Social perceptions of the impacts and benefits of invasive alien species: Implications for management

Publikation: Beiträge in ZeitschriftenZeitschriftenaufsätzeForschungbegutachtet


Research on biological invasions has traditionally focused on the ecological component of invasive alien species, either without considering or by considering in a restricted way, the knowledge of the social component. An understanding of the human dimension of invasions is critical to effectively tackle the problems associated with invasive alien species. We distributed questionnaires to evaluate the social perceptions and attitudes of different stakeholder groups affected by invasive alien species in the Doñana social-ecological system (SW Spain). Our analysis served to characterize respondents based on their knowledge and perceptions of the impacts of invasive alien species, and the attitudes toward their introduction and eradication. Hierarchical cluster and principal component analyses identified five categories of respondents, and potential support of eradication programs was assessed using a contingent valuation approach. The five stakeholder groups differed in their degree of knowledge, perceptions, attitudes, and willingness to pay for eradication. The fact that different stakeholders have remarkably different perceptions about the impacts and benefits caused by invasive alien species, and different attitudes toward their introduction or eradication should be considered in any decision-making process regarding their management, particularly when developing appropriate educational and informative programs. Consultation with different stakeholders should also be encouraged from the onset of any decision-making process. In this way, trade-offs involved in IAS management are directly addressed and successful implementation of management practices is facilitated.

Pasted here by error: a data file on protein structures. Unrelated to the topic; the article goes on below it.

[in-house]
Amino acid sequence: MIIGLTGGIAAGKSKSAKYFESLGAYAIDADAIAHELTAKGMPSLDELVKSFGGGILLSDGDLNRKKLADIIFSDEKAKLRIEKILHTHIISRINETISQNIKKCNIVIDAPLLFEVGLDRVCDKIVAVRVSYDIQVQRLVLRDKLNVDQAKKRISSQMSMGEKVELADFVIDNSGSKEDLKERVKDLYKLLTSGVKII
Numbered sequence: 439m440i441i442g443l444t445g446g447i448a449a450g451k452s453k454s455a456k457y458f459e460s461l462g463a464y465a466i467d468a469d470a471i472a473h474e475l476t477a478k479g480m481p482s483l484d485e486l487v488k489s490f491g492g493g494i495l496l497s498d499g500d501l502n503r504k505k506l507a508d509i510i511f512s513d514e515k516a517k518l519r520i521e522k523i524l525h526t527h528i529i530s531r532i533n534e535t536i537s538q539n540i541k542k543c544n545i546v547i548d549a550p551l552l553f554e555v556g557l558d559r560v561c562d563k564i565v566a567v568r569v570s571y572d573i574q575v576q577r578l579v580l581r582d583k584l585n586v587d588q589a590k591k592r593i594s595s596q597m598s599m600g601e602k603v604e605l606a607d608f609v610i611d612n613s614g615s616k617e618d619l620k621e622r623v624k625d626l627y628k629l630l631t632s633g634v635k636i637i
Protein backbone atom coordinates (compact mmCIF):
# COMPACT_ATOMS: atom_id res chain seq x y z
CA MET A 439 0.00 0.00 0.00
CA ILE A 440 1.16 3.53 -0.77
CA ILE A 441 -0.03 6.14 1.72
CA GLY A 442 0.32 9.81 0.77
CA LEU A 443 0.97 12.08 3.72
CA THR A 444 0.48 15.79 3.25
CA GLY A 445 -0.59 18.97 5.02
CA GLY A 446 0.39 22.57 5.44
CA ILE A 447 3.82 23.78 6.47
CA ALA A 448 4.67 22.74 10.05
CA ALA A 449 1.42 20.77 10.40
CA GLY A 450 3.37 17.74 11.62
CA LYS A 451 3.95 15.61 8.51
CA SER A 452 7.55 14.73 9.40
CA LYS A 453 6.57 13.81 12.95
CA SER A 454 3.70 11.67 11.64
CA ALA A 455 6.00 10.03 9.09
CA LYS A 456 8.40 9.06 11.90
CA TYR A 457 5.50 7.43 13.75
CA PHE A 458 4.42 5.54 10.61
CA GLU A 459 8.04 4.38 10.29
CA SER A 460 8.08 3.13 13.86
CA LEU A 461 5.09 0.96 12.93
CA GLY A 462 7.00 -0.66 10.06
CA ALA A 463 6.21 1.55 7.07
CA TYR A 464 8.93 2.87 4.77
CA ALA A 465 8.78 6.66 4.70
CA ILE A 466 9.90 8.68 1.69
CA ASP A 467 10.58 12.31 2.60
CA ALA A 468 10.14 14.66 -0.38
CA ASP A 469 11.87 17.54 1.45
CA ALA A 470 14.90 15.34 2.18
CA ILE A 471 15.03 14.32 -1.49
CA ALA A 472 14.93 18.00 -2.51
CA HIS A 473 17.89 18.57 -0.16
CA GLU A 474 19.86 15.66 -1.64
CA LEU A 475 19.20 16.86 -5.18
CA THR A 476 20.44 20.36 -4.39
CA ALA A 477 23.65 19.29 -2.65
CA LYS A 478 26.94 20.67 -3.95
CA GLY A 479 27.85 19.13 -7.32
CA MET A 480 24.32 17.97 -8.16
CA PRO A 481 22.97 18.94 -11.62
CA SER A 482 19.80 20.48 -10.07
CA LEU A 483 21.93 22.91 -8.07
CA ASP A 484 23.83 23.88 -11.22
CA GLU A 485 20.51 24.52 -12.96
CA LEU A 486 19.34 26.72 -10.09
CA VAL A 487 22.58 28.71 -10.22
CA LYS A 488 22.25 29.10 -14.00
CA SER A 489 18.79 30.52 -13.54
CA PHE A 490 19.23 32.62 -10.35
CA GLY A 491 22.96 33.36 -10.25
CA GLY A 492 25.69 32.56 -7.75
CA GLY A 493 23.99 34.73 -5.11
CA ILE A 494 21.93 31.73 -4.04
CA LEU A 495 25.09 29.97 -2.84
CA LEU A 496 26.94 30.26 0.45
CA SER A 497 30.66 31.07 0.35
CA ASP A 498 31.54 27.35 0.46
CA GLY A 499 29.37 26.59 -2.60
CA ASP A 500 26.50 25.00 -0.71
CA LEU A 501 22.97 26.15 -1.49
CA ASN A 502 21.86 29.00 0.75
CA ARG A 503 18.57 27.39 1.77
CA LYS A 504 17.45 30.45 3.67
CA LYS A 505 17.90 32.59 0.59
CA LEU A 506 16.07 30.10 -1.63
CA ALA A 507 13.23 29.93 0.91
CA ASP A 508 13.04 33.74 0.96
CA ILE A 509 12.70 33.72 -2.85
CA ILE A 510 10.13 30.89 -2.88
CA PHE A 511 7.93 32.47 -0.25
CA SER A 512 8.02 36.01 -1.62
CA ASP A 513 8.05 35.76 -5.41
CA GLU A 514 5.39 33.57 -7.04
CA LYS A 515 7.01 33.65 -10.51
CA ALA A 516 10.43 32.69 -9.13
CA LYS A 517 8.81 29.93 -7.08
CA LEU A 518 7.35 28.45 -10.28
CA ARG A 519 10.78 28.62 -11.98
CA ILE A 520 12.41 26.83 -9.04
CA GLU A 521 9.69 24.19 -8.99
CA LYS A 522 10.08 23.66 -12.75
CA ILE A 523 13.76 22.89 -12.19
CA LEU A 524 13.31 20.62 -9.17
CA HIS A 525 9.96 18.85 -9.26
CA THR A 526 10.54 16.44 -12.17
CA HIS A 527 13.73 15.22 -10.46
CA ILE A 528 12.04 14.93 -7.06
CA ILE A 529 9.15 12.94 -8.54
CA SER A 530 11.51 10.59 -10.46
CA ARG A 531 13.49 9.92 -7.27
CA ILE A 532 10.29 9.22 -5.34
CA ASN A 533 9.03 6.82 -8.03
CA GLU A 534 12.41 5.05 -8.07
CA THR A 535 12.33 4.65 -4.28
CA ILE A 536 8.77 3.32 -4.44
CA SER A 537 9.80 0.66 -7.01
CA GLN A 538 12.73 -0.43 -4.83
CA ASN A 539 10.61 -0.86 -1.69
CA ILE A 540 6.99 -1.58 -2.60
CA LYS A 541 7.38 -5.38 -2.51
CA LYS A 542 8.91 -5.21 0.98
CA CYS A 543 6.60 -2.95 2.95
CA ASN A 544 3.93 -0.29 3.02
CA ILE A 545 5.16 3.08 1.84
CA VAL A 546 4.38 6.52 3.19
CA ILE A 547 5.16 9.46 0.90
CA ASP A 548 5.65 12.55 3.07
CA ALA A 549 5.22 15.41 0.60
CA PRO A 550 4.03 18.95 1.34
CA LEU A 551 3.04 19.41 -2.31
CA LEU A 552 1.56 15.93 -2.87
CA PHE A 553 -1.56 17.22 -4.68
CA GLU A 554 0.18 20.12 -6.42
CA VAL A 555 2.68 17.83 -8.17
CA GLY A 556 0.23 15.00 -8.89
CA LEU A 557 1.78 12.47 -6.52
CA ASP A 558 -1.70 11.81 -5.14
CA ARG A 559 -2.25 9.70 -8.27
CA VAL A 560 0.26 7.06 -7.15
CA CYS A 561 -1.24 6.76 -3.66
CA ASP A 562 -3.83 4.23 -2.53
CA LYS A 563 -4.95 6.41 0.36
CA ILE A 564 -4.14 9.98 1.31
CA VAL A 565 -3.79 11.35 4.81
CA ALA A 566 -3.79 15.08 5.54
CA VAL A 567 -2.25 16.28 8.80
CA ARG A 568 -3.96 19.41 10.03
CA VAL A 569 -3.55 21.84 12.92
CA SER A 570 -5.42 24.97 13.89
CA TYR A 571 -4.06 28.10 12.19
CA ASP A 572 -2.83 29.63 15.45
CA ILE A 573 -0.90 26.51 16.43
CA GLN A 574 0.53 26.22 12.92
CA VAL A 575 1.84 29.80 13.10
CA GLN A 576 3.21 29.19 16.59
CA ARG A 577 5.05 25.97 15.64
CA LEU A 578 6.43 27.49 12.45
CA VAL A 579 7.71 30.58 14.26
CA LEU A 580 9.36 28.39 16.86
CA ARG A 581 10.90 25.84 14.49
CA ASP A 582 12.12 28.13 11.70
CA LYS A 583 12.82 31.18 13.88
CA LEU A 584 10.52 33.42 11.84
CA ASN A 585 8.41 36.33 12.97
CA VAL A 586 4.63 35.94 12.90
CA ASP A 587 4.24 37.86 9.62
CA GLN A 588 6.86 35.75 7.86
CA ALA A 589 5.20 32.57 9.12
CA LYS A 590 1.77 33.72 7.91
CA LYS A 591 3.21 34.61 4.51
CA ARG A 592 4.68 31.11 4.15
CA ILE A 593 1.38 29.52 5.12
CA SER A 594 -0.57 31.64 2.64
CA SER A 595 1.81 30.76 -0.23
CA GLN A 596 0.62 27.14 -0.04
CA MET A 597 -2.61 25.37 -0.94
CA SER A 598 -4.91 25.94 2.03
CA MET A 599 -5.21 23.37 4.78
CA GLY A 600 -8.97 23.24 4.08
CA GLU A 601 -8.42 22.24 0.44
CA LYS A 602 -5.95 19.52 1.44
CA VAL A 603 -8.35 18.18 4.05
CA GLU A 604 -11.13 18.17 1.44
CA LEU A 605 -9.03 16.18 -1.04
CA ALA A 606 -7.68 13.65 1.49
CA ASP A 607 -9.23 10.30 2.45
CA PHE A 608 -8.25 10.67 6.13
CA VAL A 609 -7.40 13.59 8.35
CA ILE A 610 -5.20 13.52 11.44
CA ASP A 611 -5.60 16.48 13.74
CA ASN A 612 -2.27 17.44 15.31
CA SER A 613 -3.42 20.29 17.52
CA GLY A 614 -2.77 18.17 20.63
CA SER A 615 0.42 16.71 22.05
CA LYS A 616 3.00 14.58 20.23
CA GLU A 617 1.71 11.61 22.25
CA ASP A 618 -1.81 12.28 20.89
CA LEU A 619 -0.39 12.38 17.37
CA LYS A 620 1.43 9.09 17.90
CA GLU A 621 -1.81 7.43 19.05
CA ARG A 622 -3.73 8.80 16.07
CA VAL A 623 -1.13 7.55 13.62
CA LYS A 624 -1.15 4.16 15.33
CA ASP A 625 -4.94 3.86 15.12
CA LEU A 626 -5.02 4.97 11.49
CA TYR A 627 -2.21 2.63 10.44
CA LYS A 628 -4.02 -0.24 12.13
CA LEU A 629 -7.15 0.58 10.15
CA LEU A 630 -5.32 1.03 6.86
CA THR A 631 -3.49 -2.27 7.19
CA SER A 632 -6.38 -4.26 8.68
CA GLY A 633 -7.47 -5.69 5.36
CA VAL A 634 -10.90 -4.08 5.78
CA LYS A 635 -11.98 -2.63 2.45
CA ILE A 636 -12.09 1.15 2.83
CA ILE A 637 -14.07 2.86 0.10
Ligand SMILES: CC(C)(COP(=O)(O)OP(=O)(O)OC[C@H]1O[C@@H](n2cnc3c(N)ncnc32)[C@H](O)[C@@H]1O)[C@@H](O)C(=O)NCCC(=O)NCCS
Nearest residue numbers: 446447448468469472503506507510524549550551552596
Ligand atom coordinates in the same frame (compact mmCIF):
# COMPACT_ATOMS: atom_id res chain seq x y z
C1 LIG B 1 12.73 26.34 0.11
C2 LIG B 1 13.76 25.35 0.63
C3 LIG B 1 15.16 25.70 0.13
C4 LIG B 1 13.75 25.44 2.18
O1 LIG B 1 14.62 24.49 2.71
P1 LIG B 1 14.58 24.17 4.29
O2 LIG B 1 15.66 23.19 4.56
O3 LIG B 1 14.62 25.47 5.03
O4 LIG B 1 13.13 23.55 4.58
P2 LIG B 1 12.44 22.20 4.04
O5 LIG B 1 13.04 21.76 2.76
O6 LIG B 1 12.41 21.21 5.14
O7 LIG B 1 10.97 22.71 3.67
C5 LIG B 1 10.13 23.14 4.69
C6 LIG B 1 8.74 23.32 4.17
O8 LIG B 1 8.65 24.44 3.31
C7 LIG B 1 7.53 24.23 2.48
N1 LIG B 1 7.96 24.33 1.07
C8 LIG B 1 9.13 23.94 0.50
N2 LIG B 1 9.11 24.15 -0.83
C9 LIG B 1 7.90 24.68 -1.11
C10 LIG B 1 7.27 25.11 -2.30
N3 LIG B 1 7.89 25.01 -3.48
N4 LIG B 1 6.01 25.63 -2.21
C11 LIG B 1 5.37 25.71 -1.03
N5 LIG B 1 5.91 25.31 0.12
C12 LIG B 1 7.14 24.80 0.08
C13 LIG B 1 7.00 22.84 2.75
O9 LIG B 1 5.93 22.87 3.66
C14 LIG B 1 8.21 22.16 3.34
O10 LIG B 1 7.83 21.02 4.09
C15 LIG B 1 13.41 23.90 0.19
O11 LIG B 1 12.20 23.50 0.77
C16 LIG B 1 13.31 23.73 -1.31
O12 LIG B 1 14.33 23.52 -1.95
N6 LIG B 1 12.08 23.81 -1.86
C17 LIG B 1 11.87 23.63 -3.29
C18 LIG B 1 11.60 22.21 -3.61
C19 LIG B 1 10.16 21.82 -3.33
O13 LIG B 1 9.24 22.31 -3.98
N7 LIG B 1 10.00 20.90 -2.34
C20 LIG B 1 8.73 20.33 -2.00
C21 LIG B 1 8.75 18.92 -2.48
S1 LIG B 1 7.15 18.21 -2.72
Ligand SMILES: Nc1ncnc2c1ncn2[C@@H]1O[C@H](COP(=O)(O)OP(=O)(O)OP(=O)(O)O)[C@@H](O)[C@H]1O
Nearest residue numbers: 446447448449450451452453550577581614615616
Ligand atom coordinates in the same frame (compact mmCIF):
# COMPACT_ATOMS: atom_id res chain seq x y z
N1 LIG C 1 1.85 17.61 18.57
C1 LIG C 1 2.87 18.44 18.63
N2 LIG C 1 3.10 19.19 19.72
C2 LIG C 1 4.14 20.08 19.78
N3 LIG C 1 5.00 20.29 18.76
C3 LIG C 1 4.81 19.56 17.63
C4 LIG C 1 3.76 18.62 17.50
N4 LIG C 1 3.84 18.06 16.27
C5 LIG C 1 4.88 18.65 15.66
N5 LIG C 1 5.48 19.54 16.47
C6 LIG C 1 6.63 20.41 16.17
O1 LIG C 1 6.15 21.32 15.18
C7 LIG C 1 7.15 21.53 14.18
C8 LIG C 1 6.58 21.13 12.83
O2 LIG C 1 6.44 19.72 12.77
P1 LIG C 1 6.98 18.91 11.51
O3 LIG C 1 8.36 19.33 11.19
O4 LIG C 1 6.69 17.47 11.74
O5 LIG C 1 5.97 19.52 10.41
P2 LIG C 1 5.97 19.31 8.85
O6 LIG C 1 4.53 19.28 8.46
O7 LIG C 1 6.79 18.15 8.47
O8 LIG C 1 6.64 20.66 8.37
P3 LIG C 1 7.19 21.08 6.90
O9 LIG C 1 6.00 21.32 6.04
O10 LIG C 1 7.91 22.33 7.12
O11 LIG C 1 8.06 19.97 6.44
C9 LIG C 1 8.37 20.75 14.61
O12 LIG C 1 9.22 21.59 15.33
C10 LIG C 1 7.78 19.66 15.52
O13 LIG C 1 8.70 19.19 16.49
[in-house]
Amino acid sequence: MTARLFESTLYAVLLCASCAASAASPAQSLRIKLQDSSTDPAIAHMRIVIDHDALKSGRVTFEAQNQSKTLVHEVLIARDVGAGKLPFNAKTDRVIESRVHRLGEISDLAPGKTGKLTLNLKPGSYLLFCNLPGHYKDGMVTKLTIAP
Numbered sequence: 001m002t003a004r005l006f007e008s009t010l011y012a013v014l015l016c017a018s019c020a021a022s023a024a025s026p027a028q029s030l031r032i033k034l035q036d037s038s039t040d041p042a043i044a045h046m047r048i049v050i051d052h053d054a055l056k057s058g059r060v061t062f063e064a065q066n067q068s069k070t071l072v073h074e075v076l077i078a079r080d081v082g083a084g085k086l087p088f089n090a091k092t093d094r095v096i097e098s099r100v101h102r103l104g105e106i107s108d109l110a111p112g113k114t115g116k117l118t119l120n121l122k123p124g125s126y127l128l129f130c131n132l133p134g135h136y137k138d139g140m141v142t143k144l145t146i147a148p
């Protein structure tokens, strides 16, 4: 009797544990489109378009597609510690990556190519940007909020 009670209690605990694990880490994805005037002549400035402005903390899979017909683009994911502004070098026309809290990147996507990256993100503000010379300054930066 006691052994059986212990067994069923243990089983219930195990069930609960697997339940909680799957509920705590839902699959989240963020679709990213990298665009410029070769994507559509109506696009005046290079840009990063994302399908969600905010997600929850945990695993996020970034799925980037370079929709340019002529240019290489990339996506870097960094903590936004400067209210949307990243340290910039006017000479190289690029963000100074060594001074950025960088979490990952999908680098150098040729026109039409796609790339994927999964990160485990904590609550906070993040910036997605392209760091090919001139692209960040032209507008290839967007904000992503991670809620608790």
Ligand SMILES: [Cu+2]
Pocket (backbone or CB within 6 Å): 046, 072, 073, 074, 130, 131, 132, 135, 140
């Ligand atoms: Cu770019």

ZeitschriftBiological Conservation
Seiten (von - bis)2969-2983
Anzahl der Seiten15
PublikationsstatusErschienen - 12.2008
Extern publiziertJa